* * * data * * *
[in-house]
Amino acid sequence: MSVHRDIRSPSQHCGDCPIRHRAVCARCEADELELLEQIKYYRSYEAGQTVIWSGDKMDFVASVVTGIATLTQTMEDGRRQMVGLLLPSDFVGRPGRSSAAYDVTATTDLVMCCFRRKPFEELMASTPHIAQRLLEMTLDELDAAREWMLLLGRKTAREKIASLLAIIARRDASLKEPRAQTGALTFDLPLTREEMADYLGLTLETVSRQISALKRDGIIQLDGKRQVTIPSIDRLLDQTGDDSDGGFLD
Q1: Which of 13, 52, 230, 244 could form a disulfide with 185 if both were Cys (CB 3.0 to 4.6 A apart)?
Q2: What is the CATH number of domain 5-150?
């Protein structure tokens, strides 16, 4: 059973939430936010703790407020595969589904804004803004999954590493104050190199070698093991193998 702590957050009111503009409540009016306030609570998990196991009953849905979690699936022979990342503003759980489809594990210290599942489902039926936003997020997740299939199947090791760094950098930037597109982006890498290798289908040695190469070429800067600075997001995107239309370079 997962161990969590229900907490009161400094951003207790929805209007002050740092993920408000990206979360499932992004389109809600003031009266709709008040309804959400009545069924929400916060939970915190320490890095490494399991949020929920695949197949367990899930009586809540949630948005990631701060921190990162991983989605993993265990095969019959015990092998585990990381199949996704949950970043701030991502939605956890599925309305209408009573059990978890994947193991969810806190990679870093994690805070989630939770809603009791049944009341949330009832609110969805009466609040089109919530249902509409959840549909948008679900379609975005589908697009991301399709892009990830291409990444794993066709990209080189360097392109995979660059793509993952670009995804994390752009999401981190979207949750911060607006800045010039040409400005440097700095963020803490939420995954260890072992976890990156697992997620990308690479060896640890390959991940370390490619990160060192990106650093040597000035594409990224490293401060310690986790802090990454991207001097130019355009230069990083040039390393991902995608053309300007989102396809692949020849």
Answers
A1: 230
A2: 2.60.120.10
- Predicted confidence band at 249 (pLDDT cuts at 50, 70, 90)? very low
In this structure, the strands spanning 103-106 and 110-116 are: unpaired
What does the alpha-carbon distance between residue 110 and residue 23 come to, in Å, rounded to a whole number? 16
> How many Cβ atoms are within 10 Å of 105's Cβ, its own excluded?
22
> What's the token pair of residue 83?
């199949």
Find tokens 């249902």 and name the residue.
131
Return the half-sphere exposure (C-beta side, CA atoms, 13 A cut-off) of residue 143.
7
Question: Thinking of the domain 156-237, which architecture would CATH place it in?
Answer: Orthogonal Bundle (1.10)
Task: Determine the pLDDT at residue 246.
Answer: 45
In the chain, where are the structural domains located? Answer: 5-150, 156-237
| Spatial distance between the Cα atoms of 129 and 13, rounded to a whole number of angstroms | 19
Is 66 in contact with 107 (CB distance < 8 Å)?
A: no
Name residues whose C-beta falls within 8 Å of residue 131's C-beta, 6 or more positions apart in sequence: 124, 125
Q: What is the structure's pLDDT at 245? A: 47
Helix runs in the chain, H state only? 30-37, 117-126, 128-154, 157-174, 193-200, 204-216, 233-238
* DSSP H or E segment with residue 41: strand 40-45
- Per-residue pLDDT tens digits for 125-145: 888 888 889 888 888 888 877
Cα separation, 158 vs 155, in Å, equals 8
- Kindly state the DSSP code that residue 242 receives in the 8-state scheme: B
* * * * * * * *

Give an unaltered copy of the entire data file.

[in-house]
Amino acid sequence: MSVHRDIRSPSQHCGDCPIRHRAVCARCEADELELLEQIKYYRSYEAGQTVIWSGDKMDFVASVVTGIATLTQTMEDGRRQMVGLLLPSDFVGRPGRSSAAYDVTATTDLVMCCFRRKPFEELMASTPHIAQRLLEMTLDELDAAREWMLLLGRKTAREKIASLLAIIARRDASLKEPRAQTGALTFDLPLTREEMADYLGLTLETVSRQISALKRDGIIQLDGKRQVTIPSIDRLLDQTGDDSDGGFLD
Q1: Which of 13, 52, 230, 244 could form a disulfide with 185 if both were Cys (CB 3.0 to 4.6 A apart)?
Q2: What is the CATH number of domain 5-150?
């Protein structure tokens, strides 16, 4: 059973939430936010703790407020595969589904804004803004999954590493104050190199070698093991193998 702590957050009111503009409540009016306030609570998990196991009953849905979690699936022979990342503003759980489809594990210290599942489902039926936003997020997740299939199947090791760094950098930037597109982006890498290798289908040695190469070429800067600075997001995107239309370079 997962161990969590229900907490009161400094951003207790929805209007002050740092993920408000990206979360499932992004389109809600003031009266709709008040309804959400009545069924929400916060939970915190320490890095490494399991949020929920695949197949367990899930009586809540949630948005990631701060921190990162991983989605993993265990095969019959015990092998585990990381199949996704949950970043701030991502939605956890599925309305209408009573059990978890994947193991969810806190990679870093994690805070989630939770809603009791049944009341949330009832609110969805009466609040089109919530249902509409959840549909948008679900379609975005589908697009991301399709892009990830291409990444794993066709990209080189360097392109995979660059793509993952670009995804994390752009999401981190979207949750911060607006800045010039040409400005440097700095963020803490939420995954260890072992976890990156697992997620990308690479060896640890390959991940370390490619990160060192990106650093040597000035594409990224490293401060310690986790802090990454991207001097130019355009230069990083040039390393991902995608053309300007989102396809692949020849």
Answers
A1: 230
A2: 2.60.120.10
- Predicted confidence band at 249 (pLDDT cuts at 50, 70, 90)? very low
In this structure, the strands spanning 103-106 and 110-116 are: unpaired
What does the alpha-carbon distance between residue 110 and residue 23 come to, in Å, rounded to a whole number? 16
> How many Cβ atoms are within 10 Å of 105's Cβ, its own excluded?
22
> What's the token pair of residue 83?
């199949």
Find tokens 């249902």 and name the residue.
131
Return the half-sphere exposure (C-beta side, CA atoms, 13 A cut-off) of residue 143.
7
Question: Thinking of the domain 156-237, which architecture would CATH place it in?
Answer: Orthogonal Bundle (1.10)
Task: Determine the pLDDT at residue 246.
Answer: 45
In the chain, where are the structural domains located? Answer: 5-150, 156-237
| Spatial distance between the Cα atoms of 129 and 13, rounded to a whole number of angstroms | 19
Is 66 in contact with 107 (CB distance < 8 Å)?
A: no
Name residues whose C-beta falls within 8 Å of residue 131's C-beta, 6 or more positions apart in sequence: 124, 125
Q: What is the structure's pLDDT at 245? A: 47
Helix runs in the chain, H state only? 30-37, 117-126, 128-154, 157-174, 193-200, 204-216, 233-238
* DSSP H or E segment with residue 41: strand 40-45
- Per-residue pLDDT tens digits for 125-145: 888 888 889 888 888 888 877
Cα separation, 158 vs 155, in Å, equals 8
- Kindly state the DSSP code that residue 242 receives in the 8-state scheme: B